The AROM limitations and abnormal postures that are often observed in chronic CRPS patients are not associated with excessive muscle activity and hence do not exhibit the characteristics typical of dystonia.

SIGNIFICANCE:

We hypothesize that structural alterations in skeletal muscle tissue and pain-induced adaptations of motor function may contribute to the observed motor impairments. Our findings may have important clinical implications, since commonly prescribed treatments are aimed at reducing excessive muscle contraction.

RS:  This study highlights the point that any treatment programme must be individualised to address the pain, other symptoms, deficits and limitations. A number of people with CRPS have movement disorders and the reasons can vary. Our job is to identify why the movement patterns have changed and address the problem accordingly with sensorimotor retraining.

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J Physiol. 2008 Mar 1;586(5):1247-56. Epub 2007 Dec 20. – Full article here

Properties of human spinal interneurones: normal and dystonic control.

Marchand-Pauvert V, Iglesias C.

Source

INSERM, U731, Paris, F-75651 France. veronique.marchand@chups.jussieu.fr

Abstract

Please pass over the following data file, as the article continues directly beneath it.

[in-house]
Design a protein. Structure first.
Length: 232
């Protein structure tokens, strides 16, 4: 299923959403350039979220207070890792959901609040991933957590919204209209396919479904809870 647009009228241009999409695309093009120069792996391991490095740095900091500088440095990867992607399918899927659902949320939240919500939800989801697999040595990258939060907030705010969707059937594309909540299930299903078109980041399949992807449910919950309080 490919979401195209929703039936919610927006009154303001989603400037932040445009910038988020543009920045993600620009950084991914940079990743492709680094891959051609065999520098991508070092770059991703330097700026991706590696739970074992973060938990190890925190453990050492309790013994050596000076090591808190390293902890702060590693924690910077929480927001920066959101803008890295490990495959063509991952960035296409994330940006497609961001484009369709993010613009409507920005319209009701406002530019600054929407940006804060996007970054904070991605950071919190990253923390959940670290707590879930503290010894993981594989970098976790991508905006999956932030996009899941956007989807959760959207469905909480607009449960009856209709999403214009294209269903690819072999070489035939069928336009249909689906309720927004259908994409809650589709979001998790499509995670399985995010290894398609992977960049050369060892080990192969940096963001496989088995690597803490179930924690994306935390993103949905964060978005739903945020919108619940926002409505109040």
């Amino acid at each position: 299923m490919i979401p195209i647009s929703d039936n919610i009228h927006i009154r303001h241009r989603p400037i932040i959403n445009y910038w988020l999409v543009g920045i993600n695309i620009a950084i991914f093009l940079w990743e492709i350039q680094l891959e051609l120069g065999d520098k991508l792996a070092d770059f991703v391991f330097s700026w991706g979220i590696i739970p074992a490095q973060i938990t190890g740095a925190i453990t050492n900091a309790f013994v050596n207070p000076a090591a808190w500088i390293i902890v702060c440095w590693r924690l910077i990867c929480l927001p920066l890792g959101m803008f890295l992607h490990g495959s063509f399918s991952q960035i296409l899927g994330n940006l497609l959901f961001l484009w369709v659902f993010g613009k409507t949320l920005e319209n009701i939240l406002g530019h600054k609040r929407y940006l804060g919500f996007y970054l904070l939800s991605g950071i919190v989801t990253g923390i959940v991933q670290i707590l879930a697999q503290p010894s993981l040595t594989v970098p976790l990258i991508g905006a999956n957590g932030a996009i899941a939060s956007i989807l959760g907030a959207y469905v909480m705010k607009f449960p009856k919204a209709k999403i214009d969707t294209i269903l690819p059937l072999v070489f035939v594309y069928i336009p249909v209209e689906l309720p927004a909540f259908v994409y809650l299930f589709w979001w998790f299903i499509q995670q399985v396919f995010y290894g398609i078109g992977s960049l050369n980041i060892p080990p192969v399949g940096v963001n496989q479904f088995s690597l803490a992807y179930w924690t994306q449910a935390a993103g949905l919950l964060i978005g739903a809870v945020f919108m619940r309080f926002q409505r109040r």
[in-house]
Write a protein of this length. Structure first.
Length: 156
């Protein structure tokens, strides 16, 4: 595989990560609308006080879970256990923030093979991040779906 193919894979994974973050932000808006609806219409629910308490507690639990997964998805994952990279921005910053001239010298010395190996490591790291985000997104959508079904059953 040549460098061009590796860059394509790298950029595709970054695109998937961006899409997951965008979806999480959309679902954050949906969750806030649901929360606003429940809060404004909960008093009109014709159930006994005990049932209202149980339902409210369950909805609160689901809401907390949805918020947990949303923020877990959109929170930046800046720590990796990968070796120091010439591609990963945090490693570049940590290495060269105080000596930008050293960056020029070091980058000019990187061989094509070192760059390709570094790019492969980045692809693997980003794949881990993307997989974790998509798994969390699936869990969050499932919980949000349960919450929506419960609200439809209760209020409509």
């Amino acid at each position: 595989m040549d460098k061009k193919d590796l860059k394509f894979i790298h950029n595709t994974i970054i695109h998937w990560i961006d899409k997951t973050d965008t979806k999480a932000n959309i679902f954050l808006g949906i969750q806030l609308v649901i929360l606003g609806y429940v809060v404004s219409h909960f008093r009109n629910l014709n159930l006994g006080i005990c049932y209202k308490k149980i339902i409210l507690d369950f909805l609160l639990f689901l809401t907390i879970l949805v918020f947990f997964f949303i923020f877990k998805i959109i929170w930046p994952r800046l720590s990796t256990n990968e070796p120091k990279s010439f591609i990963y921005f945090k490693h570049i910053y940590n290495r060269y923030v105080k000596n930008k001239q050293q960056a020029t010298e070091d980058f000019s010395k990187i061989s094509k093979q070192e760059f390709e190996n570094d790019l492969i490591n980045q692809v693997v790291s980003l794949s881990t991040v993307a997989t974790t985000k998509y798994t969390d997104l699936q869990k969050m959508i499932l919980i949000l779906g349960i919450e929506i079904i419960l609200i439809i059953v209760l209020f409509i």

The muscles that control wrist posture receive large inputs from reflexes driven by hand afferents. In several studies, we have investigated these reflexes by electrical stimulation of cutaneous (median nerve) and proprioceptive (ulnar nerve) afferents from the hand. Median stimulation produced short latency inhibition in all motor nuclei investigated, possibly through inhibitory propriospinal-like interneurones. Ulnar stimulation produced similar inhibition but only in wrist extensors. In the other motor nuclei, ulnar stimulation produced short latency excitation mediated by group I motoneuronal drive through both monosynaptic and non-monosynaptic pathways involving excitatory propriospinal-like interneurones. This was followed by late excitations mediated through spinal group II and trans-cortical group I pathways. These results show that these pathways are concerned with the integration of afferent inputs, proprioceptive and cutaneous, to control of wrist posture during hand movements. Patients with focal hand dystonia exhibit abnormal postures. To investigate whether these spinal pathways contribute to these conditions, the effects of ulnar stimulation on wrist muscle activity during voluntary tonic contraction were examined in patients who suffer writer’s cramp. Ulnar-induced inhibition of the wrist extensors was reduced on the dystonic side of patients compared with their normal side and controls. In patients who exhibited abnormal wrist posture, group II excitation of the wrist flexors was also modified on the dystonic side. Cutaneous stimuli, by contrast, increased wrist flexor EMG on both sides and only in patients who exhibited normal posture. We conclude that spinal interneurones have a significant role in integrating afferent inputs from the hand to control wrist posture during hand movements and that altered function in these spinal networks is associated with the complex pathophysiology of writer’s cramp.